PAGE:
Succession, Wingnut World Edition

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We now have two official candidates to succeed Kevin McCarthy: Majority Leader Steve Scalise and Judiciary Committee Chair Jim Jordan. It seems unlikely we’ll get another candidate, at least another with a real shot at winning.

Despite the fact that Jordan is from the Freedom Caucus and Scalise was in effect McCarthy’s deputy, Jordan is a McCarthy ally. From the outside, we tend to see the House in ideological or partisan terms. But there are factions and alliances that transcend those divisions. Indeed a leader’s faction almost by definition has to span the ideological breadth of the caucus. That’s the only way to win a leadership election. In many ways, this succession fight is between Team Scalise and Team McCarthy, with Jordan being the nominee of Team McCarthy.

Both men are significantly to the right of McCarthy. They’ll both almost certainly be more aggressive and right wing as Speaker simply because of how McCarthy lost power. Both men come with significant baggage.

Remember that Jordan was involved in what was pretty clearly turning a blind eye to and covering up a major college wrestling molestation scandal. It’s impossible to believe that won’t come in for another hearing if he becomes Speaker. He only barely survived the original scandal. It ended with House allies deciding it didn’t matter. The Speakership is different. He’s also Mr. Impeachment.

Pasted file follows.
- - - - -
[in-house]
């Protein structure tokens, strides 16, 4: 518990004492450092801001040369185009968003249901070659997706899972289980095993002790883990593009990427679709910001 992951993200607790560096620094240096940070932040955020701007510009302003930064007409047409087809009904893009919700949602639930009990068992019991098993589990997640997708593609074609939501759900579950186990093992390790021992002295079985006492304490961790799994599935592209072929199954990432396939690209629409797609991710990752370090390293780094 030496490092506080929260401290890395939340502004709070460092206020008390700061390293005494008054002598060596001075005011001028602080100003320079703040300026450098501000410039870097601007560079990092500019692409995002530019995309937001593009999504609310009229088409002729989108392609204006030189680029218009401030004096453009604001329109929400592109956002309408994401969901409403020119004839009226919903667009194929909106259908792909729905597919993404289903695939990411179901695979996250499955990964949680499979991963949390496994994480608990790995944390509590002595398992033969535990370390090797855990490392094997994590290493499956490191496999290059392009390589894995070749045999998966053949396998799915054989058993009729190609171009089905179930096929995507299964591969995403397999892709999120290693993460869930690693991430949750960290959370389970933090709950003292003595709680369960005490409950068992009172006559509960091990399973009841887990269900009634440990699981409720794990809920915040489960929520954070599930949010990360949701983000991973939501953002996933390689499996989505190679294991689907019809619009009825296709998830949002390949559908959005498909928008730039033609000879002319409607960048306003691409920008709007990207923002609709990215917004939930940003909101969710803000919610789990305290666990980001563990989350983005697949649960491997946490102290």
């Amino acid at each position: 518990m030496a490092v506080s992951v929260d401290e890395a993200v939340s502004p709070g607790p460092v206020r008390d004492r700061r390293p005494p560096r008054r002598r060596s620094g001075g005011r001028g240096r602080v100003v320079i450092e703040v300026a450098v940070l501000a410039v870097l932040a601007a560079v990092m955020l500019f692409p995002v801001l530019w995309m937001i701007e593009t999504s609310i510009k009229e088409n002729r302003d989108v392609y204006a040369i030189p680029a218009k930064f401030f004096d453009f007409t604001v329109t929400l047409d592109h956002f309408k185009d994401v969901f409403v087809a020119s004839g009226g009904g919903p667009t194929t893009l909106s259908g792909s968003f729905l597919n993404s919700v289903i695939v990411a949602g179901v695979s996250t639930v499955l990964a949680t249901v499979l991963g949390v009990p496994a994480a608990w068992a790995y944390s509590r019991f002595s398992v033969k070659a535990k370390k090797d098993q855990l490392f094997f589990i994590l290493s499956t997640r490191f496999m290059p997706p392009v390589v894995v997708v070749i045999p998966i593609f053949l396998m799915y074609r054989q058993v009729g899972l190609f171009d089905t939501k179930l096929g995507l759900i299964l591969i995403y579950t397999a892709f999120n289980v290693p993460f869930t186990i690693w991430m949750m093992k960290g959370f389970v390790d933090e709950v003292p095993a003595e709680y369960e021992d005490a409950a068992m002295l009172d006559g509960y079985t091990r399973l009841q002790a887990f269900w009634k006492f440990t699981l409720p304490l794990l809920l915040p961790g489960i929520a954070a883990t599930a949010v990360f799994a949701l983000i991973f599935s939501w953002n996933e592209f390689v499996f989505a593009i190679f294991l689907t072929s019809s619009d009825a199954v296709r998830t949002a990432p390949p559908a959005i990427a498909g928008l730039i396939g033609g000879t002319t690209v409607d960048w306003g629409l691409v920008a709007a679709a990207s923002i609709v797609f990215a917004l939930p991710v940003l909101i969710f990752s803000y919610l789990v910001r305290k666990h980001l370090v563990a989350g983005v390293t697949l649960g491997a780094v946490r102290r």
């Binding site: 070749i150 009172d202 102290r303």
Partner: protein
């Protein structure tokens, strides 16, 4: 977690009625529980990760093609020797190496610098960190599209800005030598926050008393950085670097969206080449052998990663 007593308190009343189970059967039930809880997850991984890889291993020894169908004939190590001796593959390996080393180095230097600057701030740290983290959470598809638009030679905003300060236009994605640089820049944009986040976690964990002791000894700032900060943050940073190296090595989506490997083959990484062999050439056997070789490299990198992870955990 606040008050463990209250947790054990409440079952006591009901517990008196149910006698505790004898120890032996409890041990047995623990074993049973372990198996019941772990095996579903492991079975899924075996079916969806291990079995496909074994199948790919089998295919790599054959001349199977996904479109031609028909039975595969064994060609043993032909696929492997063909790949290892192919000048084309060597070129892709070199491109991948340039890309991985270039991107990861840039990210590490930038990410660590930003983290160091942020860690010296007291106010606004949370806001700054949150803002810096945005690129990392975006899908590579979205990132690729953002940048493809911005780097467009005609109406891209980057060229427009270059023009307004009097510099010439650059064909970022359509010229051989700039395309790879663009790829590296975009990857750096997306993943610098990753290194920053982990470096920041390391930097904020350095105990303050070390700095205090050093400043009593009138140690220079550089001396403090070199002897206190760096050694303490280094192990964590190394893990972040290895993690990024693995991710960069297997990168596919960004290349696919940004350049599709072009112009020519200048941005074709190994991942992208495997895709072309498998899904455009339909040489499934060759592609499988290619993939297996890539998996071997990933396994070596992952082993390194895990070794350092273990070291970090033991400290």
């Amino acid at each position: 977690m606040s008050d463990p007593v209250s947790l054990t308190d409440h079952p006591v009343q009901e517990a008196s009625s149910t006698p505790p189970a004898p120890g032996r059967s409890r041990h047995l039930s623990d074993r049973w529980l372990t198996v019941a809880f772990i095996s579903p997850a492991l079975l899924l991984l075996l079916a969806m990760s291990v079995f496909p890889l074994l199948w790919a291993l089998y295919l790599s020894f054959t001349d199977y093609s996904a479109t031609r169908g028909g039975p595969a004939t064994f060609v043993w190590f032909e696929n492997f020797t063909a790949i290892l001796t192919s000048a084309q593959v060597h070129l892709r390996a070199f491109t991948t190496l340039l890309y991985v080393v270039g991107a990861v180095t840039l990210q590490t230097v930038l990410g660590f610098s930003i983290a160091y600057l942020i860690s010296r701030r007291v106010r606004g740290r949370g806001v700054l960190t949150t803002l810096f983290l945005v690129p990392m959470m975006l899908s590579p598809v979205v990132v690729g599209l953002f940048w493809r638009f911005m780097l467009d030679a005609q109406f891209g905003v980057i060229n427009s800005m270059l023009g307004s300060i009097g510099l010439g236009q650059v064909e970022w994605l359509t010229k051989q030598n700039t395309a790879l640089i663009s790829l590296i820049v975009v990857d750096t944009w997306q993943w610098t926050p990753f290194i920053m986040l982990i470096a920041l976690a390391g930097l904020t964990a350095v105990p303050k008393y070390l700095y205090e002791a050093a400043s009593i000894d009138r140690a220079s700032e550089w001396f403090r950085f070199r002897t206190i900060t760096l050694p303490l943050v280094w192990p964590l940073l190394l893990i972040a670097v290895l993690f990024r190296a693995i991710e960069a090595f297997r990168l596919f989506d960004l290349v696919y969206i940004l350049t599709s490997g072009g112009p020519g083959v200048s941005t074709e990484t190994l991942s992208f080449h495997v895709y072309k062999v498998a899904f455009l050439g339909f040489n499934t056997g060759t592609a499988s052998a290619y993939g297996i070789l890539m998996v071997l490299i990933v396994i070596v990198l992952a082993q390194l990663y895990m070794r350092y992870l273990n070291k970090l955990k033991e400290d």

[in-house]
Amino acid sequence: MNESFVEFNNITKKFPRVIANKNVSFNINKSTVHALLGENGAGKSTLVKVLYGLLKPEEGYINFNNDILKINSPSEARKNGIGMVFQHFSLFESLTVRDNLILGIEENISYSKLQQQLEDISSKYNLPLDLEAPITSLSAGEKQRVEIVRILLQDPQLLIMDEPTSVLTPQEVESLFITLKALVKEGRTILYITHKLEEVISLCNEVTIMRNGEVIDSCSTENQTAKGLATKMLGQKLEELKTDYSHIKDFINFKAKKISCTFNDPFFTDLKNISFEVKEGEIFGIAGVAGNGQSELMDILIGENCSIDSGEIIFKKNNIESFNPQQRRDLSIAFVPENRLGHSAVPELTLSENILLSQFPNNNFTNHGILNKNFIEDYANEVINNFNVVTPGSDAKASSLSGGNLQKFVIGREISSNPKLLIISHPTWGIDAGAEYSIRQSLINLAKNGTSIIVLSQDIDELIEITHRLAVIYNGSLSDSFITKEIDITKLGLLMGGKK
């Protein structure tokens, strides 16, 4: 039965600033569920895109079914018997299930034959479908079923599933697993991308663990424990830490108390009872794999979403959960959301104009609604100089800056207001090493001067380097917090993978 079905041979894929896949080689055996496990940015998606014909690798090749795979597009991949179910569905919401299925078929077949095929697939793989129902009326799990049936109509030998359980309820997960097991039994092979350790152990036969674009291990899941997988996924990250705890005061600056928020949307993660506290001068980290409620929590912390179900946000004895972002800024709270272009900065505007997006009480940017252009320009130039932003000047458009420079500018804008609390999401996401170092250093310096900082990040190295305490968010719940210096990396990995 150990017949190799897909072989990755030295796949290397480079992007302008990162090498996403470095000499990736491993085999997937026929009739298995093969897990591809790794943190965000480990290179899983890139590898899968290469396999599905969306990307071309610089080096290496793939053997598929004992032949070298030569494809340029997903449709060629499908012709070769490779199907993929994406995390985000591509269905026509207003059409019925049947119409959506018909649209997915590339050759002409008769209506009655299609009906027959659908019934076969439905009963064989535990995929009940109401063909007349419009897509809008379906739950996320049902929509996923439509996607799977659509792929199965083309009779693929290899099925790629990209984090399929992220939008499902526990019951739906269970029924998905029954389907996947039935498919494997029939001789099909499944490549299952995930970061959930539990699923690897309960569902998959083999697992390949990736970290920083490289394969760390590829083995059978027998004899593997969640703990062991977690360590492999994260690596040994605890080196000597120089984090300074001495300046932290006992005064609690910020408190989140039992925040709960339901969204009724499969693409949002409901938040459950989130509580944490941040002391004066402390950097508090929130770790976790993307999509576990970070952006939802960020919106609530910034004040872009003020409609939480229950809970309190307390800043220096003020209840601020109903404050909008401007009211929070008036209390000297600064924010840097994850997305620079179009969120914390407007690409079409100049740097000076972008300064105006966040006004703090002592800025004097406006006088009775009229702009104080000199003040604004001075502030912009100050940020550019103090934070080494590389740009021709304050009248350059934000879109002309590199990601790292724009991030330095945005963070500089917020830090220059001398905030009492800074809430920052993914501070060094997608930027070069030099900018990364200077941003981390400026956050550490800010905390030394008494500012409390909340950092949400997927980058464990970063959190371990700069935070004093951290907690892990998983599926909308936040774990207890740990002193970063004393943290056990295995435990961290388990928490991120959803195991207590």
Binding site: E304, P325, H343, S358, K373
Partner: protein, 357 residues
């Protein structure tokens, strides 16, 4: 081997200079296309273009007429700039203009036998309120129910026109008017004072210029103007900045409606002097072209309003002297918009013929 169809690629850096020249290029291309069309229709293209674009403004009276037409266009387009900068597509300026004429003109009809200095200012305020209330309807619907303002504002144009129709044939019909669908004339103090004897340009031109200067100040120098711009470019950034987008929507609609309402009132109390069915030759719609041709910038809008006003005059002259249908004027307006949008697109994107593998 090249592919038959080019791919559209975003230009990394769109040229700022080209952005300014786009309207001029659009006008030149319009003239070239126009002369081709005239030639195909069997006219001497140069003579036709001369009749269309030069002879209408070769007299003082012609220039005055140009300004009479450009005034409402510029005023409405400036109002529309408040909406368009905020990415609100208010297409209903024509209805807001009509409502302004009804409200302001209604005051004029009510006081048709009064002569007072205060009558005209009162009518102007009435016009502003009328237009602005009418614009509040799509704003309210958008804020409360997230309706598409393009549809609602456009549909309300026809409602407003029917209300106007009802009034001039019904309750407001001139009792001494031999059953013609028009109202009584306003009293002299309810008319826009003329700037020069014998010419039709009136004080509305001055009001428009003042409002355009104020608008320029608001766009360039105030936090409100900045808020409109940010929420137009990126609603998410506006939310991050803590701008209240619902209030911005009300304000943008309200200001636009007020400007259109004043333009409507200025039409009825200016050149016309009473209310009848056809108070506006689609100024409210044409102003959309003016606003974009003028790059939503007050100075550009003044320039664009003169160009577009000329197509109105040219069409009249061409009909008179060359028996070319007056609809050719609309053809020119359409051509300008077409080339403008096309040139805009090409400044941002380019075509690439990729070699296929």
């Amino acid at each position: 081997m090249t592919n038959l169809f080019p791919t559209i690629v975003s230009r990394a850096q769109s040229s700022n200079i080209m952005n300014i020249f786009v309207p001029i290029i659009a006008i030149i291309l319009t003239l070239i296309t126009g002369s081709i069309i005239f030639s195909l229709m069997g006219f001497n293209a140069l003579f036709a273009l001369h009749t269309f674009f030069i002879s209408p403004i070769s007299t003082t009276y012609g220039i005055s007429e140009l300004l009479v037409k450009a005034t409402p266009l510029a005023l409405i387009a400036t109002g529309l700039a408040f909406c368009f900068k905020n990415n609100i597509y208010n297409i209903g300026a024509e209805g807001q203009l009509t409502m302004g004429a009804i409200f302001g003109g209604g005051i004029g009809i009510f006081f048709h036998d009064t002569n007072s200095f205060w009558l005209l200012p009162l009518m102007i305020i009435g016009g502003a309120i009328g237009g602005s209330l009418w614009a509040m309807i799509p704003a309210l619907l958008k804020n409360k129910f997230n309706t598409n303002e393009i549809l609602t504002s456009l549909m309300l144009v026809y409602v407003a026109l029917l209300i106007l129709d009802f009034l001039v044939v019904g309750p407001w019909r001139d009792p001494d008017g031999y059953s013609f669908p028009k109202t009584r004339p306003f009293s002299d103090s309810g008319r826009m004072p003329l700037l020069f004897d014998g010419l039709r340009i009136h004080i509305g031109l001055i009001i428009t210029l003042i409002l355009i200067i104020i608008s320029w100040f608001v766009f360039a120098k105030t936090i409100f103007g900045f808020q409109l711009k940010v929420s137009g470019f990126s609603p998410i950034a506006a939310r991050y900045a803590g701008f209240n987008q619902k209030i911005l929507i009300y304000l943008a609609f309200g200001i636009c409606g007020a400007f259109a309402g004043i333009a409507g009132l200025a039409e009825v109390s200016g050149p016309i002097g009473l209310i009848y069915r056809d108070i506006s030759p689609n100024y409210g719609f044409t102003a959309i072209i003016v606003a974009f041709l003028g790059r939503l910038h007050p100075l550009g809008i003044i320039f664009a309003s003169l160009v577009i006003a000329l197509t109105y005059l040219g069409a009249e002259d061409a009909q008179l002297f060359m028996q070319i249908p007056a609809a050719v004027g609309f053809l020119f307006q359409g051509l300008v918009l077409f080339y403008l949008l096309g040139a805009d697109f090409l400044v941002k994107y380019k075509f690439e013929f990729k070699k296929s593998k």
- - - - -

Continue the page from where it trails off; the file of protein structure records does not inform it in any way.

Scalise’s image has been significantly softened in recent years by genuinely horrific health challenges (devastating gunshot wounds and then his recent cancer diagnosis) but he comes out of the fairly unreconstructed Louisiana GOP right. He once notoriously told voters that he was like David Duke “but without the baggage.”

There’s no way countless 2024 Democratic House campaigns wouldn’t love to run on Jim Jordan as a significant part of their campaigns.

Scalise is probably in the more favored position. But not by a lot. McCarthy’s decision to bow out, certainly so rapidly, took everybody by surprise. So the whole situation remains fluid and unpredictable.

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